Several female Democratic senators were put on the spot Sunday on whether Sen. Dianne Feinstein, D-Calif., should resign from the Senate amid her ongoing health issues, with Sen. Amy Klobuchar, D-Minn., saying time is running out for the 89-year-old to return.
Klobuchar said on ABC’s “This Week” that Feinstein, who hasn’t voted since Feb. 16, “sure better” return to the Senate in time for the vote to raise the debt ceiling this summer.
“In this case, we are going to need her vote on the Senate floor eventually,” she said. “We have things like the debt ceiling coming up. But I think what we need to do is take her at her word, she’s recovering from shingles, and make sure she comes back. If this goes on month after month after month, then she’s going to have to make a decision with her family and her friends about what her future holds.”
“Because this isn’t just about California. It’s also about the nation,” she continued. “And we just can’t, with this one vote margin, and expect every other person to be there every single time. It’s going to become an issue as the months go by, but I’m taking her at her word that she’s going to return.”
Democratic Sens. Kirsten Gillibrand, Amy Klobuch and Tammy Baldwin (Fox News)
Sen. Dianne Feinstein makes her way to the Senate chambers at the U.S. Capitol on Feb. 16, 2023. (Kevin Dietsch/Getty Images)
Feinstein, who has served in the Senate for over 30 years, was hospitalized for shingles last month and has faced other health issues, including concerning reports related to her mental fitness. She had previously faced calls to resign prior to announcing her intention not to run for re-election earlier this year.
Reps. Ro Khanna, D-Calif., and Dean Phillips, D-Minn., have led the call for Feinstein to resign.
“While she has had a lifetime of public service, it is obvious she can no longer fulfill her duties. Not speaking out undermines our credibility as elected representatives of the people,” Khanna said last week.
“Sen. Feinstein is a remarkable American whose contributions to our country are immeasurable,” Phillips said. “But I believe it’s now a dereliction of duty to remain in the Senate and a dereliction of duty for those who agree to remain quiet,” he wrote.
Rep. Ro Khanna speaks during a news conference at the U.S. Capitol on Oct. 12, 2022.. (Chip Somodevilla/Getty Images)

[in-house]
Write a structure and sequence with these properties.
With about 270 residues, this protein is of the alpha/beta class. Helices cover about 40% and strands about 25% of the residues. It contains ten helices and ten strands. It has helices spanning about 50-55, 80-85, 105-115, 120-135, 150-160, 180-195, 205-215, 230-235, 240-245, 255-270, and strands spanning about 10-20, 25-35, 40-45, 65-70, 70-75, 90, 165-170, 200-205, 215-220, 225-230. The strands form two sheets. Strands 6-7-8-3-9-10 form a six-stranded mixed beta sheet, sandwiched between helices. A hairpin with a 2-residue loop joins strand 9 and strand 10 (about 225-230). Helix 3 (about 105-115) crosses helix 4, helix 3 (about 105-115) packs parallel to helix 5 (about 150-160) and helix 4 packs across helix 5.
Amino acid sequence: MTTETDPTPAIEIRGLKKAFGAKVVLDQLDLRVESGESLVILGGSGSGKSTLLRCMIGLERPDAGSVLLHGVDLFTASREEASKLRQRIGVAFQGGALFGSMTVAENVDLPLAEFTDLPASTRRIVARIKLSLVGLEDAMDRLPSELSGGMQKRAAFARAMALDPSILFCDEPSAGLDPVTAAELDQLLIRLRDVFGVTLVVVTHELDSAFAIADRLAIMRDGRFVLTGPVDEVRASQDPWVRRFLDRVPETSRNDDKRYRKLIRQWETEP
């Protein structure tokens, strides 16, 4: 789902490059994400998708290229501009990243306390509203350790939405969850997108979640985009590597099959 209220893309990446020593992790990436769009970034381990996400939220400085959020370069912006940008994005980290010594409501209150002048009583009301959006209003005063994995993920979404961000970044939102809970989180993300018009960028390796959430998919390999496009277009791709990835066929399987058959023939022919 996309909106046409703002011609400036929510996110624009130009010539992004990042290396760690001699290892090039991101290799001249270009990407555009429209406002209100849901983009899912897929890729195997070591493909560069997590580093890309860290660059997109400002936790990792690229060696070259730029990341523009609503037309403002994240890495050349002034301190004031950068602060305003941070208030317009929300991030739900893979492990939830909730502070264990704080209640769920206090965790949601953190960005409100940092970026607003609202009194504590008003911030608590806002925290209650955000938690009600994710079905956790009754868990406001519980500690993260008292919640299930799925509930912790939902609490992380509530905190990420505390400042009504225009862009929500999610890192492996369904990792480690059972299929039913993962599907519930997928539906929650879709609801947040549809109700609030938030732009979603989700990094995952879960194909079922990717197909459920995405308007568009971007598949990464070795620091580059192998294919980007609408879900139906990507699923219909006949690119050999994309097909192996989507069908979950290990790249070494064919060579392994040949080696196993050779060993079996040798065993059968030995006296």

Meanwhile, Sen. Kirsten Gillibrand, D-NY., took a similar tone as former House Speaker Nancy Pelosi, D-Calif., in suggesting sexism was at play in the calls against Feinstein.
“Her legacy and her depth of experience is valuable. And we have had so many senators who have had illnesses, whether it’s [Senate Minority Leader] Mitch McConnell’s illnesses, or senators who have had strokes. These are issues that – we’re human,” Gillibrand said on CNN’s “State of the Union.”
“And we believe that a senator should be able to make their own judgments about when they’re retiring and when they’re not, and they all deserve a chance to get better and come back to work,” she said. “She’s a team player, and she’s an extraordinary member of the Senate. It’s her right. She was voted by her state to be senator for six years, she has the right, in my opinion, to decide when she steps down.”
Sen. Kirsten Gillibrand speaks at a campaign event for Gov. Kathy Hochul, Nov. 6, 2022, at Sarah Lawrence College in Yonkers, New York. (AP Photo/Patrick Semansky, File)
Sen. Tammy Baldwin, D-Wis., said on NBC News’ “Meet the Press” that “it’s up to Dianne Feinstein and her family to decide whether she wants to keep on serving.”
“I certainly wish Sen. Feinstein well, and I’m pleased that she has made the decision to have a fill-in on her seat on the Judiciary Committee,” Baldwin said. “I think that is really an important and responsible thing to do during her absence, because we have President Biden’s nominees waiting for hearings and votes, and we want to keep that moving. But I wish her well and hope she returns to the Senate very soon.”
Feinstein said in a statement Wednesday that she plans to temporarily step down from the Judiciary Committee.
“When I was first diagnosed with shingles, I expected to return by the end of the March work period,” Feinstein said. “Unfortunately, my return to Washington has been delayed due to continued complications related to my diagnosis.
“I intend to return as soon as possible once my medical team advises that it’s safe for me to travel. In the meantime, I remain committed to the job and will continue to work from home in San Francisco.”
Fox News’ Brandon Gillespie contributed to this report.